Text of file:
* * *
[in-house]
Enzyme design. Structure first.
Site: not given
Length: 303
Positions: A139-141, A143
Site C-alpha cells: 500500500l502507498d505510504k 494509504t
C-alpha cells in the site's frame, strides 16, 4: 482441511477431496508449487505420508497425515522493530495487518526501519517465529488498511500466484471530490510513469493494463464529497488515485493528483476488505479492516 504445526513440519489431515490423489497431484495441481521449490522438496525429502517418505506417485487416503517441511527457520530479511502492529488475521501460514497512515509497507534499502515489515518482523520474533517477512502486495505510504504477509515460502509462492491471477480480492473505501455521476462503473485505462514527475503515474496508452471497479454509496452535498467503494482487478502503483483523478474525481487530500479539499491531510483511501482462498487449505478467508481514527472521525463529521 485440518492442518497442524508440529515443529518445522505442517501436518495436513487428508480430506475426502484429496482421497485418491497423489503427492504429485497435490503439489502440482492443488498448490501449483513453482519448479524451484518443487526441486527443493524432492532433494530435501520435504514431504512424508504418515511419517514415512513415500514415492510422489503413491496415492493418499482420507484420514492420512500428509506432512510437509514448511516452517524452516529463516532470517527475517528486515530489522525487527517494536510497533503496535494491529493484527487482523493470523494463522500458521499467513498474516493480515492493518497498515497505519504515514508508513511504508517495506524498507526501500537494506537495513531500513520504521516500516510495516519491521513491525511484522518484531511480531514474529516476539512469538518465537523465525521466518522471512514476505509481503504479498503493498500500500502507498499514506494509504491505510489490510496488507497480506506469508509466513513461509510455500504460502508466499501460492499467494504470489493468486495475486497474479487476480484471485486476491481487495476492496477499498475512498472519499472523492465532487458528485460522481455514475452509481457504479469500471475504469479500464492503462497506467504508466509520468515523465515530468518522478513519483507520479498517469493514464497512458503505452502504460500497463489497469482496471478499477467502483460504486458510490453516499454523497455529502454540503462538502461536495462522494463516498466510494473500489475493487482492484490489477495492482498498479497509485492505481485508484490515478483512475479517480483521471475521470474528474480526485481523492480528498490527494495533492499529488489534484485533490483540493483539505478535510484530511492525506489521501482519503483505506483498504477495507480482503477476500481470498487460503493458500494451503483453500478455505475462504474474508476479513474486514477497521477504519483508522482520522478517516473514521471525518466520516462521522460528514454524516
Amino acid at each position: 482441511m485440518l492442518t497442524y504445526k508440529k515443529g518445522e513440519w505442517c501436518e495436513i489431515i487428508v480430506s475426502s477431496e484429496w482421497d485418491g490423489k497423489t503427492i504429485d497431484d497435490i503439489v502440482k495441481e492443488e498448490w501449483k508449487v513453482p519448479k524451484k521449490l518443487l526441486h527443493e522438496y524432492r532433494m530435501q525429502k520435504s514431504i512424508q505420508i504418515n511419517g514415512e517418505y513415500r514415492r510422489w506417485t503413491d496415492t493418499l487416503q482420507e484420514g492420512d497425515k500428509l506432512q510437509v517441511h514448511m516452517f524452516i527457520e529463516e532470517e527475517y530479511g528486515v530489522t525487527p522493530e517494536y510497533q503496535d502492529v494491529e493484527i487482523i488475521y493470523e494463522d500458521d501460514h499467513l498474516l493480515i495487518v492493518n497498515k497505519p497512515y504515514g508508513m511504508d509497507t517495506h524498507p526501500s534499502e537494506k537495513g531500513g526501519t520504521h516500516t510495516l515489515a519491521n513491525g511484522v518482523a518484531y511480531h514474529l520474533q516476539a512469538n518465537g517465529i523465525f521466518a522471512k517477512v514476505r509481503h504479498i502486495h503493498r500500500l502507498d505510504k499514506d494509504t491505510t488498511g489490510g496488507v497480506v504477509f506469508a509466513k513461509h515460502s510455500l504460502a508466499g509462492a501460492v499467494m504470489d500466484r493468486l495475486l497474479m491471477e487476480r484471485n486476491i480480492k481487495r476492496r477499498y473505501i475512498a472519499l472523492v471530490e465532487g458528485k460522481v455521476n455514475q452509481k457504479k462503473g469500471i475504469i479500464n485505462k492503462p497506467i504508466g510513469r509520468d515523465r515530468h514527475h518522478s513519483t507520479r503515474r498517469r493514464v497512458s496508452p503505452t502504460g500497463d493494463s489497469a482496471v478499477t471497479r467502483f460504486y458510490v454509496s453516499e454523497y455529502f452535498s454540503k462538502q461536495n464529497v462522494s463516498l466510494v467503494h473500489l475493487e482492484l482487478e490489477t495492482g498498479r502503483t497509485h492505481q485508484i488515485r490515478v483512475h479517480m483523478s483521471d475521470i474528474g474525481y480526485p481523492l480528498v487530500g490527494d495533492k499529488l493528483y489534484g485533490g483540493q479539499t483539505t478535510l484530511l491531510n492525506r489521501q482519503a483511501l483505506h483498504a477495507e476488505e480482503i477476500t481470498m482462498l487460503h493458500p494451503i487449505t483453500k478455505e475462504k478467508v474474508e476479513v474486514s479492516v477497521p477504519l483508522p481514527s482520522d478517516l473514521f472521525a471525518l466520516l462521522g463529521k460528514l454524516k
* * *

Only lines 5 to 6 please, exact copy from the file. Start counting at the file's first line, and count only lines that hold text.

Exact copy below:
Positions: A139-141, A143
Site C-alpha cells: 500500500l502507498d505510504k 494509504t